Tea and Protein Absorption?

Fully oxidized tea leaves for a robust cup.

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Mar 21st, '09, 18:09
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Tea and Protein Absorption?

by joelbct » Mar 21st, '09, 18:09

So I am hittin up the gym more lately, trying to put on some muscle...

I know there are some medical/science professionals and educated laypeople who post here- What are thoughts on Black Tea and Protein Absorption?

Is it really going to hinder my protein digestion significantly if I drink high-Tannin Black Tea like Ceylon or Assam after my Whey or Brown Rice Protein, or paired with a protein-rich meal?

Here is an article published in 2000 with some observations from animal studies, but like most articles it states more research is needed to state any firm conclusion....

Mar 21st, '09, 22:57
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Tea catechins are good for you.

by Intuit » Mar 21st, '09, 22:57

Highly doubtful that your intake of tea is going to affect protein absorption.

Intestinal health is largely dictated by gut microbiota (biofilm) health - and that requires vitamins and nutrients that they use for growth and metabolism, in turn converting many of these substances into cofactors and bioactive vitamins that are needed for OUR heath and well being.

Those foods tend to be vegetable and fruits, consumed with protein, because humans are omnivores (a relatively recent change in diet from herbavorous primate ancestors, circa 1.8 million years ago).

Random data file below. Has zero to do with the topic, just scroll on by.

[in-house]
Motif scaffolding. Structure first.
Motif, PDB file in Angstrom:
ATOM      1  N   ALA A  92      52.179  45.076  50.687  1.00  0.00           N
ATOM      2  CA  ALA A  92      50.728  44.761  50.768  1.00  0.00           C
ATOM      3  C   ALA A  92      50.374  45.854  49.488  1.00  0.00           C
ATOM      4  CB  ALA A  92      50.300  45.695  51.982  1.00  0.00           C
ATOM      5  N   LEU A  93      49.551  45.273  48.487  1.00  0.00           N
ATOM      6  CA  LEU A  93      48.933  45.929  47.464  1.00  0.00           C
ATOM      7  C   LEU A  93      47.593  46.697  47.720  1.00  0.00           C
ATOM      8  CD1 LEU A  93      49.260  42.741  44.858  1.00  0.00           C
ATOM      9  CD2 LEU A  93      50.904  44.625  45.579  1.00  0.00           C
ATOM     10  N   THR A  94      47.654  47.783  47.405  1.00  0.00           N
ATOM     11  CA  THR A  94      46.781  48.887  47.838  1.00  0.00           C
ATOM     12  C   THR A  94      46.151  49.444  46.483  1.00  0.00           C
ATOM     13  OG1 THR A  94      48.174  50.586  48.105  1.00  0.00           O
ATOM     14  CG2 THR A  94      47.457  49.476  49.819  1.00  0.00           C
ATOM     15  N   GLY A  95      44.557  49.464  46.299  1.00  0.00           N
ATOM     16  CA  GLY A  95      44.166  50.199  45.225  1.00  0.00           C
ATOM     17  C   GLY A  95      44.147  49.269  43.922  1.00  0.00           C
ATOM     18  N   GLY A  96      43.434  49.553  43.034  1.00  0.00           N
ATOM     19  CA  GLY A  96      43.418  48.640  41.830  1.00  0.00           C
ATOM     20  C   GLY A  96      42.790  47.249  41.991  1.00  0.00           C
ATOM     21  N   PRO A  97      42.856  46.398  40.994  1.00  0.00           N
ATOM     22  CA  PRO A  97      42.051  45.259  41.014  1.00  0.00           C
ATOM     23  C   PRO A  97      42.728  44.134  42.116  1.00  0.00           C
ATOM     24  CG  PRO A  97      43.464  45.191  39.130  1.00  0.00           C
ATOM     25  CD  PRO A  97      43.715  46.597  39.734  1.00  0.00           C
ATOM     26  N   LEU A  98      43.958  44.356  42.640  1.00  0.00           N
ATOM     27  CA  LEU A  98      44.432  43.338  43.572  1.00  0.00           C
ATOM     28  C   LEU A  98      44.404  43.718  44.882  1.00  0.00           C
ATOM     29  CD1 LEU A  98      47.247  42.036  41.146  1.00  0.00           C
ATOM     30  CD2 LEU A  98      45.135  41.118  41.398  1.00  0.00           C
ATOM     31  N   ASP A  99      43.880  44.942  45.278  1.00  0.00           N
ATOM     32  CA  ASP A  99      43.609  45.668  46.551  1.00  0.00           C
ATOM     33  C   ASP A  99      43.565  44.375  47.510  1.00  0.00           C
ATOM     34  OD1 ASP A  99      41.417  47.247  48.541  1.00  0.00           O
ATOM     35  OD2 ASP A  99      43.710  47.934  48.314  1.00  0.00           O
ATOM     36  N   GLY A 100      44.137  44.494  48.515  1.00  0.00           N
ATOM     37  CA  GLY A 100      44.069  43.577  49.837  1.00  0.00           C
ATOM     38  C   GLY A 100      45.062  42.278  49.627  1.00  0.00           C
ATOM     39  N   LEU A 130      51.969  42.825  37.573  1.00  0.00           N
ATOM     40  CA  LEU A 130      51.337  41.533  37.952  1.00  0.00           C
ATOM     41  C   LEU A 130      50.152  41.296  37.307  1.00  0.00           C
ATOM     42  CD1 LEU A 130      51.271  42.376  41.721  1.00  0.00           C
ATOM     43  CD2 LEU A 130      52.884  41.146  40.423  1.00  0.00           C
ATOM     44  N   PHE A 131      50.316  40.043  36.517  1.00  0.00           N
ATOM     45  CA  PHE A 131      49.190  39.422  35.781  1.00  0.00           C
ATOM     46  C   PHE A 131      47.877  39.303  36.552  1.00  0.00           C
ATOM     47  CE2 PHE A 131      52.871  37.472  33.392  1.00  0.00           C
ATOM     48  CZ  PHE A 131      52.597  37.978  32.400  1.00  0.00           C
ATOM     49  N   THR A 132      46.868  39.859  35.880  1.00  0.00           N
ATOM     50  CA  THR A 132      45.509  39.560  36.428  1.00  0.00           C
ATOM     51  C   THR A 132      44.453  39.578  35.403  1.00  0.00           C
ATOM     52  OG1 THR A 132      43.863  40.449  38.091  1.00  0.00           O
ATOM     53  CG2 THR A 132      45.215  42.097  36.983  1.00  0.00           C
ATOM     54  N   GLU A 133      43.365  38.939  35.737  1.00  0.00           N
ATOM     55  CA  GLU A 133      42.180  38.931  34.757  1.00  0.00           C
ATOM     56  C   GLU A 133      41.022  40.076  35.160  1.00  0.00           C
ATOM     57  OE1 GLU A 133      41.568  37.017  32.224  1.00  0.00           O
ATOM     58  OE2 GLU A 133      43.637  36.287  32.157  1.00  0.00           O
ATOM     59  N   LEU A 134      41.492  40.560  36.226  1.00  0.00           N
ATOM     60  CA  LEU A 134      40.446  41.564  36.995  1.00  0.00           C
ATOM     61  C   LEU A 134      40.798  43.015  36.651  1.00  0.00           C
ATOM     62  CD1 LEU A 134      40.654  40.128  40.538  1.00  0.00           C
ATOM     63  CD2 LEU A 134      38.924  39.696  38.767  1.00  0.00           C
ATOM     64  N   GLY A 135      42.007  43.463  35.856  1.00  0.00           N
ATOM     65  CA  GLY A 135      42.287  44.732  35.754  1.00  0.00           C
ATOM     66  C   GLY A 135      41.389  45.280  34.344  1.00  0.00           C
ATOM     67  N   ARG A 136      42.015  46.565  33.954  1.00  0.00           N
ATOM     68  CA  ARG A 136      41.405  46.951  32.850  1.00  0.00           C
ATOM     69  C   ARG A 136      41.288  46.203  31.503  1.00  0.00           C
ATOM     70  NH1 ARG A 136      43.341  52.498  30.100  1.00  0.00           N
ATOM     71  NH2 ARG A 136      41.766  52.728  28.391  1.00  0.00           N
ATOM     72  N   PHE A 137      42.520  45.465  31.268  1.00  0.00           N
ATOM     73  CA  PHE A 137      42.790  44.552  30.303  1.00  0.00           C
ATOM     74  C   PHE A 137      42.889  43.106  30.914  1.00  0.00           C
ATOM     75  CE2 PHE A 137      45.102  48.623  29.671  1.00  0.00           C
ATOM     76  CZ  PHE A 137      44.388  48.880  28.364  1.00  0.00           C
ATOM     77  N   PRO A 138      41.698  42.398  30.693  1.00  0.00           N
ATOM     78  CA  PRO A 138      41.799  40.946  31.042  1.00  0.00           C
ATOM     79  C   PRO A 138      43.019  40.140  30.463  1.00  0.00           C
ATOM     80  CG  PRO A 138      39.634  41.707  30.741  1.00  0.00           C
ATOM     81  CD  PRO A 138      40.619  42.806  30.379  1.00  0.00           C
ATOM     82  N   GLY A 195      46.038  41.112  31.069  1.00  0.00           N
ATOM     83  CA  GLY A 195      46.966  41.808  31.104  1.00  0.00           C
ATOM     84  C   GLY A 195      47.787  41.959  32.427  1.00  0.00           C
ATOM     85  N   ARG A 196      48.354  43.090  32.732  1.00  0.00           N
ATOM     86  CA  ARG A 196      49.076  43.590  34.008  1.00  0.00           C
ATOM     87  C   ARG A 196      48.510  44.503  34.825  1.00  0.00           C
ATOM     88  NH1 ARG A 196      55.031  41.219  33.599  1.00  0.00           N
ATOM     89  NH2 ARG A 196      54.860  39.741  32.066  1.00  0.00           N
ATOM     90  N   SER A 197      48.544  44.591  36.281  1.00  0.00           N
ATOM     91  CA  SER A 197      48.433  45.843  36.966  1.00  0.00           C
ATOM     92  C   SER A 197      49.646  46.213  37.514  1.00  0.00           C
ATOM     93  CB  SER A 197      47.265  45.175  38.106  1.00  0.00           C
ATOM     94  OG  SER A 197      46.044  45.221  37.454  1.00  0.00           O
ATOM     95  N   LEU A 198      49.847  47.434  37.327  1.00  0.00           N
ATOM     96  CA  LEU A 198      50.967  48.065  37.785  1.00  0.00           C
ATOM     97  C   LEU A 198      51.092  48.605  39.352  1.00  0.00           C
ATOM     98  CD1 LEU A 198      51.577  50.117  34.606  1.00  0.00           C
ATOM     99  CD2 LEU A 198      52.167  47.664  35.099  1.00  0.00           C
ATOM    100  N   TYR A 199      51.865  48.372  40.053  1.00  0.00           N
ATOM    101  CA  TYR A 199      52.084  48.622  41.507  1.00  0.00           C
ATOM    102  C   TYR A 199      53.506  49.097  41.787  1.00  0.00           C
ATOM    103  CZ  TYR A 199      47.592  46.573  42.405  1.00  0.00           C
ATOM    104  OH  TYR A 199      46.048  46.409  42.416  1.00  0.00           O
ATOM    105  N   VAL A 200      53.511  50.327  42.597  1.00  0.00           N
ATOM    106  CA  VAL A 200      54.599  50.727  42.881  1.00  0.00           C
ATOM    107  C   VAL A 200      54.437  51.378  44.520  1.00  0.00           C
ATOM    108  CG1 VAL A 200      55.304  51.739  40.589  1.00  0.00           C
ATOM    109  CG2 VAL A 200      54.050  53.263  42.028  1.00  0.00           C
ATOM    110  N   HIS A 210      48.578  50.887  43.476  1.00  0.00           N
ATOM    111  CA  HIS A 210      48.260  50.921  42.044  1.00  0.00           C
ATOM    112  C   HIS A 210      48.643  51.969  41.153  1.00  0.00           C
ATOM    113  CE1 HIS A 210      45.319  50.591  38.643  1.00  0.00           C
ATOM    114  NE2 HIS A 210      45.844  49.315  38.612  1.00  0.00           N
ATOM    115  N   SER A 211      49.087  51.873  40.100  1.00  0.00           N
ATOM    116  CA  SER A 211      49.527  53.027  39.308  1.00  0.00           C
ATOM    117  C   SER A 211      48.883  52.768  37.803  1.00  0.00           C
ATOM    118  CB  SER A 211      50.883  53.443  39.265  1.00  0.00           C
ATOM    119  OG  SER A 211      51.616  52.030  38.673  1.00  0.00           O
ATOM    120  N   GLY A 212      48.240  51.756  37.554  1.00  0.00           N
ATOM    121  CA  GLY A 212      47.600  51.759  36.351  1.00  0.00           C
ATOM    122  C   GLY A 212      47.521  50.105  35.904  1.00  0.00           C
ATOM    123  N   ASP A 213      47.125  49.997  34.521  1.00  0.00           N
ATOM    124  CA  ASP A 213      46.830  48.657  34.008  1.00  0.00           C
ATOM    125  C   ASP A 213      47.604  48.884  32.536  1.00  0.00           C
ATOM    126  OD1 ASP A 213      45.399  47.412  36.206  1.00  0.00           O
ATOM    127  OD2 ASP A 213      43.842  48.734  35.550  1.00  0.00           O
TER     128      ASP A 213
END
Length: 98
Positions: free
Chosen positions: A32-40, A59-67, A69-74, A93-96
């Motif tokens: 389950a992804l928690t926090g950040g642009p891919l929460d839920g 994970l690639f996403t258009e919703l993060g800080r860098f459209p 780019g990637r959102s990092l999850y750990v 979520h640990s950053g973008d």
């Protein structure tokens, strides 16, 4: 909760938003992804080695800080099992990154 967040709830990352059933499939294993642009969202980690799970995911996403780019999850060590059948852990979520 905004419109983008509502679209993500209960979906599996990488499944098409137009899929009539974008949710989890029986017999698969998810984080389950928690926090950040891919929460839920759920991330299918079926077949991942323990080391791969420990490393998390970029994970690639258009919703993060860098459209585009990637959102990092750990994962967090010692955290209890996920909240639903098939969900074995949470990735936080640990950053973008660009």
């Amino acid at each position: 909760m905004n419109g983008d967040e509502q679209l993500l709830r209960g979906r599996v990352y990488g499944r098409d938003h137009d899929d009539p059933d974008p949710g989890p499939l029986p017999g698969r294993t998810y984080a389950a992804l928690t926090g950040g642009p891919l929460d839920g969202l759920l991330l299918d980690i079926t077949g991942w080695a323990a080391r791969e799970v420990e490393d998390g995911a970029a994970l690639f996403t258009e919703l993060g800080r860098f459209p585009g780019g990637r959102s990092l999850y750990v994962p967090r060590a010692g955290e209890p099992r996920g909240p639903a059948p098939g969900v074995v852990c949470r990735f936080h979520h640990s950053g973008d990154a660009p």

While whey protein is a good source of amino acids, beware the heavily hydrolyzed versions because the amino acid content tends to step up peristaltic action - and that can work against your absorption, most of which occurs in the upper sections of the gut.

Do this: slow it down with a little bit of oil (olive) added to your protein shakes.

I wouldn't worry about tea consumption - use it to your advantage, by consuming it about 20-30 min before a cardio workout.

You want to use cardio as well as anaerobic (weight training) exercises, because they tend to work two different sets of muscle fibers, both of which constitute major skeletal muscle tissue.

Do make sure that you have adequate magnesium and calcium in your diet, in the form of supplements if necessary. Teas can cause loss of magnesium and low calcium will affect muscle tissue and nerve tissue regeneration, post exertion period.

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Mar 22nd, '09, 00:08
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by joelbct » Mar 22nd, '09, 00:08

Thanks Intuit. Yup I try to mix things up in terms of protein, have been taking Jarrow Whey, that brand seems to be pretty high quality. Says on the label that it is not hydrolized.

Usu use brown rice and hemp as well. And Glutamine, which I think everyone should take for all its uses in the human body.

Thanks for reminding me abt the minerals- I have read some studies correlating calcium/iron/magnesium digestion effects w/ tea intake.

And yes I'm aware that our ancestors were herbivores until relatively recently, supposedly our digestive systems are still much more geared more towards vegetable diets when compared to those of true carnivore predators such as lions, tigers, etc. I was a vegan for 4 years and still eat primarily plant-based diet, lots of whole grains+legumes, but not 100% anymore.

Anyway thanks for the info, I won't worry abt the Tea so much. Moderation...

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by silverneedles » Mar 22nd, '09, 12:25

Breakdown of proteins is dependent on enzymes secreted by pancreas and at the brush border of the small intestine.

Absorption of the aminoacids is dependent mostly on Na (sodium) cotransport, and some specific aminoacid receptors & endocytosis. Absorption of the aa will be in the small intestine. Colon is where most of the bacteria is and the colon's role is not absorb proteins, but water and electrolytes.

cant find anything that points out some major (wide-spread) issues inhibiting aa uptake due to tea causing malabsorption or malnutrition.